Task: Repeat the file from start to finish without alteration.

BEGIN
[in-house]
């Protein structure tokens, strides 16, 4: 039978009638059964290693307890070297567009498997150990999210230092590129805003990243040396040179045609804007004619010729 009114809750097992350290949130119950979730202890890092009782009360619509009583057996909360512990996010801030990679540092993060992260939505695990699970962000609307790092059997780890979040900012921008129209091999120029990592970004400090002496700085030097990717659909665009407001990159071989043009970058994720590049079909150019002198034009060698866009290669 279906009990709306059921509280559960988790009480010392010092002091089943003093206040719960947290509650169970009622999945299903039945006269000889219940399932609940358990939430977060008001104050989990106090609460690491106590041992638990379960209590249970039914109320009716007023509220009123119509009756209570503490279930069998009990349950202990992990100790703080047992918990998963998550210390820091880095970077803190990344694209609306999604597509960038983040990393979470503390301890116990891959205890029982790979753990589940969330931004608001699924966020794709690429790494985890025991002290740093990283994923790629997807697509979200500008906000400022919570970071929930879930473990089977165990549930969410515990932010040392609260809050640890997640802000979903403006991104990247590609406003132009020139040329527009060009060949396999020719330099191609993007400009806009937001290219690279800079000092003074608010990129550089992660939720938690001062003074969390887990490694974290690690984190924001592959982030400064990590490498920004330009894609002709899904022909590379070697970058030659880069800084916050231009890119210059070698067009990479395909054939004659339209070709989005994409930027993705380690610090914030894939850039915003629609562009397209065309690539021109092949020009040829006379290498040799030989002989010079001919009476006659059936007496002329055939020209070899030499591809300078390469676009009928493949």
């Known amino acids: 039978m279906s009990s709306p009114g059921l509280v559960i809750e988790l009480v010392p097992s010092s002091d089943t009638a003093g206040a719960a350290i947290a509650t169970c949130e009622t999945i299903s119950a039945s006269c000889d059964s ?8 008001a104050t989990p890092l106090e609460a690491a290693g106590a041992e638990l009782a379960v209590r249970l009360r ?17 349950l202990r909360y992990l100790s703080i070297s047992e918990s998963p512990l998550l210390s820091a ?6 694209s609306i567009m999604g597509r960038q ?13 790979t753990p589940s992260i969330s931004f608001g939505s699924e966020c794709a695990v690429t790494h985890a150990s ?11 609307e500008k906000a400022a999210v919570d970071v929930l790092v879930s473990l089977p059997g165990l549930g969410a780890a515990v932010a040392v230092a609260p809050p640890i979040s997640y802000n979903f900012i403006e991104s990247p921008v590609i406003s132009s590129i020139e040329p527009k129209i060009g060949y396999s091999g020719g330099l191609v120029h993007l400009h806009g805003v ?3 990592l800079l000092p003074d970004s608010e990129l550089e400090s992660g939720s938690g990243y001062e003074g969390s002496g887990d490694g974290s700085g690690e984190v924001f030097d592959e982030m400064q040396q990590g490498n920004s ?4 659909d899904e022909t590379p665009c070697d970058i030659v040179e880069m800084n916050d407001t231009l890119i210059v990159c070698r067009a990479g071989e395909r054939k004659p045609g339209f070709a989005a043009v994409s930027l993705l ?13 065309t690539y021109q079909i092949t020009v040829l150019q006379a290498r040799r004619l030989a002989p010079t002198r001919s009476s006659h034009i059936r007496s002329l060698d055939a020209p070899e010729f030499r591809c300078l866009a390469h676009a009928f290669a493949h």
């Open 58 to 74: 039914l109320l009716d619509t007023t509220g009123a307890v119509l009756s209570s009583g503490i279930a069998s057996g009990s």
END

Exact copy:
[in-house]
């Protein structure tokens, strides 16, 4: 039978009638059964290693307890070297567009498997150990999210230092590129805003990243040396040179045609804007004619010729 009114809750097992350290949130119950979730202890890092009782009360619509009583057996909360512990996010801030990679540092993060992260939505695990699970962000609307790092059997780890979040900012921008129209091999120029990592970004400090002496700085030097990717659909665009407001990159071989043009970058994720590049079909150019002198034009060698866009290669 279906009990709306059921509280559960988790009480010392010092002091089943003093206040719960947290509650169970009622999945299903039945006269000889219940399932609940358990939430977060008001104050989990106090609460690491106590041992638990379960209590249970039914109320009716007023509220009123119509009756209570503490279930069998009990349950202990992990100790703080047992918990998963998550210390820091880095970077803190990344694209609306999604597509960038983040990393979470503390301890116990891959205890029982790979753990589940969330931004608001699924966020794709690429790494985890025991002290740093990283994923790629997807697509979200500008906000400022919570970071929930879930473990089977165990549930969410515990932010040392609260809050640890997640802000979903403006991104990247590609406003132009020139040329527009060009060949396999020719330099191609993007400009806009937001290219690279800079000092003074608010990129550089992660939720938690001062003074969390887990490694974290690690984190924001592959982030400064990590490498920004330009894609002709899904022909590379070697970058030659880069800084916050231009890119210059070698067009990479395909054939004659339209070709989005994409930027993705380690610090914030894939850039915003629609562009397209065309690539021109092949020009040829006379290498040799030989002989010079001919009476006659059936007496002329055939020209070899030499591809300078390469676009009928493949």
């Known amino acids: 039978m279906s009990s709306p009114g059921l509280v559960i809750e988790l009480v010392p097992s010092s002091d089943t009638a003093g206040a719960a350290i947290a509650t169970c949130e009622t999945i299903s119950a039945s006269c000889d059964s ?8 008001a104050t989990p890092l106090e609460a690491a290693g106590a041992e638990l009782a379960v209590r249970l009360r ?17 349950l202990r909360y992990l100790s703080i070297s047992e918990s998963p512990l998550l210390s820091a ?6 694209s609306i567009m999604g597509r960038q ?13 790979t753990p589940s992260i969330s931004f608001g939505s699924e966020c794709a695990v690429t790494h985890a150990s ?11 609307e500008k906000a400022a999210v919570d970071v929930l790092v879930s473990l089977p059997g165990l549930g969410a780890a515990v932010a040392v230092a609260p809050p640890i979040s997640y802000n979903f900012i403006e991104s990247p921008v590609i406003s132009s590129i020139e040329p527009k129209i060009g060949y396999s091999g020719g330099l191609v120029h993007l400009h806009g805003v ?3 990592l800079l000092p003074d970004s608010e990129l550089e400090s992660g939720s938690g990243y001062e003074g969390s002496g887990d490694g974290s700085g690690e984190v924001f030097d592959e982030m400064q040396q990590g490498n920004s ?4 659909d899904e022909t590379p665009c070697d970058i030659v040179e880069m800084n916050d407001t231009l890119i210059v990159c070698r067009a990479g071989e395909r054939k004659p045609g339209f070709a989005a043009v994409s930027l993705l ?13 065309t690539y021109q079909i092949t020009v040829l150019q006379a290498r040799r004619l030989a002989p010079t002198r001919s009476s006659h034009i059936r007496s002329l060698d055939a020209p070899e010729f030499r591809c300078l866009a390469h676009a009928f290669a493949h």
């Open 58 to 74: 039914l109320l009716d619509t007023t509220g009123a307890v119509l009756s209570s009583g503490i279930a069998s057996g009990s």